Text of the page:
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A GUI driven application needs to host some prebuilt WinForms based components. These components provide high performance interactive views using a mixture of GDI+ and DirectX. The views handle control input and display custom graphical renderings. The components are tested in a WinForms harness by the supplier.

Can a commericial application use WPF for its GUI and rely on WindowsFormsHost to host the WinForms components or have you experience of technical glitches e.g. input lags, update issues that would make you cautious?

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6 Answers 6

up vote 18 down vote accepted

We're currently using WindowsFormsHost in our software to host the WinForms DataGridView control, and we've not had any real problems with it. A few things to watch out for though:

The first is the air-space restrictions. Practically speaking, this means that WinForms content always appears on top of WPF content. So if you are using WPF adorners they will appear to be "trimmed" if they hit up against a WinForms region in your app.

The second is that, because they use Windows resources, you have to manage the lifetimes of WinForms components more carefully. Unlike WPF components, WinForms controls expect to be Disposed when they're finished with. This makes it tricky to include them in a pure XAML view.

The last thing is that WinForms controls don't seem to resize as smoothly as the rest of the WPF display: they tend to snap to their new size once you've finished making an adjustment.

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One problem I've run into is that embedded Win Forms controls do not participate in any transform operations applied to their WPF container. This results in visual flashing effects and the embedded control appearing in an innappropriate location. I worked around this by binding the visibility of the Windows Forms Host to the animation state of its WPF container, so that the embedded control was hidden until the animation completed, like below.

<WindowsFormsHost Grid.Row="1" Grid.Column="1" Margin="8,0,0,0"
     Visibility="{Binding ActualHeight, RelativeSource={RelativeSource
     Mode=FindAncestor, AncestorType=UserControl},
     Converter={StaticResource WinFormsControlVisibilityConverter}}" >

     <winforms:DateTimePicker x:Name="datepickerOrderExpected" Width="140"
        Format="Custom" CustomFormat="M/dd/yy  h:mm tt"
        ValueChanged="OnEditDateTimeOrderExpected" />

</WindowsFormsHost>
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I hosted WPF controls in WinForms and vice versa without problems. Though, I would test such scenarios extensively 'cause it's hard to predict how complex control will behave.

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1  
I think you're referring to ElementHost, not WindowsFormsHost. –  Drew Noakes Jan 21 '10 at 0:37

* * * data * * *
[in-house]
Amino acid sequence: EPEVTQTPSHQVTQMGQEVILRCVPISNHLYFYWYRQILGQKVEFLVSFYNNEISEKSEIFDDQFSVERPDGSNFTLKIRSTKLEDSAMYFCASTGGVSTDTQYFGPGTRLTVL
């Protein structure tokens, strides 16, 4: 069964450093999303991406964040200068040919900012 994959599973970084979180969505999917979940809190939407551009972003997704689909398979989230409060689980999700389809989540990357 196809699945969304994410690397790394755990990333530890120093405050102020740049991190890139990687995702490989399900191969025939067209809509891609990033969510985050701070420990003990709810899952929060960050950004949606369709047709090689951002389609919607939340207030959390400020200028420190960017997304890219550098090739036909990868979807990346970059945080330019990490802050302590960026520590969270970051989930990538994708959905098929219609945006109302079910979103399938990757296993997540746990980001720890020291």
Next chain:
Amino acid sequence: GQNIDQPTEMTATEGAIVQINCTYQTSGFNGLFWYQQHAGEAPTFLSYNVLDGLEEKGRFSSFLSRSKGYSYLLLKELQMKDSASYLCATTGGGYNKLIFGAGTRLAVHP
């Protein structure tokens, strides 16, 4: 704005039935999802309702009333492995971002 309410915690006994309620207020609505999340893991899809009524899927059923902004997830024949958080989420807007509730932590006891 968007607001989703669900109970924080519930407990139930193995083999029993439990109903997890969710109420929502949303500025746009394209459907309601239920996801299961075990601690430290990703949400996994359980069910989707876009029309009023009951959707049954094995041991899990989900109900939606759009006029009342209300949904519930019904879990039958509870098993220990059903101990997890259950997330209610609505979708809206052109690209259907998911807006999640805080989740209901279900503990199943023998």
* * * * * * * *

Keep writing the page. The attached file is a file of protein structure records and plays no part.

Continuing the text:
Do note the absence of a WPF Application object when hosting in Winforms. This can result in problems if you're taking an existing WPF component and hosting it in Winforms, since resource lookups and the likes will never look in application scope. You can create your own Application object if it is a problem.

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I think you're referring to ElementHost, not WindowsFormsHost. Maybe the true is opposite in reverse though. –  Drew Noakes Jan 21 '10 at 0:38

As @Kent Boogaart mentioned, I've run into the situation where a WPF application hosted in WinForms doesn't have the WPF Application object (i.e. Application.Current). This can cause many issues such as Dispatchers not invoking threads back to the UI thread. This would only apply if you're hosting in WinForms, not the other way around.

I've also had strange issues with modal dialogs behaving strangely (i.e. ShowModal calls). I'm assuming this is because, in WinForms, each control has its own Win32 handle while in WPF, there is only one handle for the entire Window.

Whatever you do, test :)

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You can solve the Airspace problem by using .net 3.5 SP1:

These types of airspace restrictions represent a huge limitation in a framework, like WPF, where element composition is used to create very rich user experiences. With a D3DImage solution, these restrictions are no longer present!

See Introduction to D3DImage.

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1  
Artur, The article that you mention applies to D3D rather than to hosting WinForms content. If I understand the issues correctly, the airspace problem is fundamental problem relating to the way Win32 works, as is unlikely ever to go away. –  Samuel Jack Sep 11 '08 at 9:58
    
Just saw this today. You are right, its only D3D. –  Artur Carvalho Sep 20 '08 at 23:59

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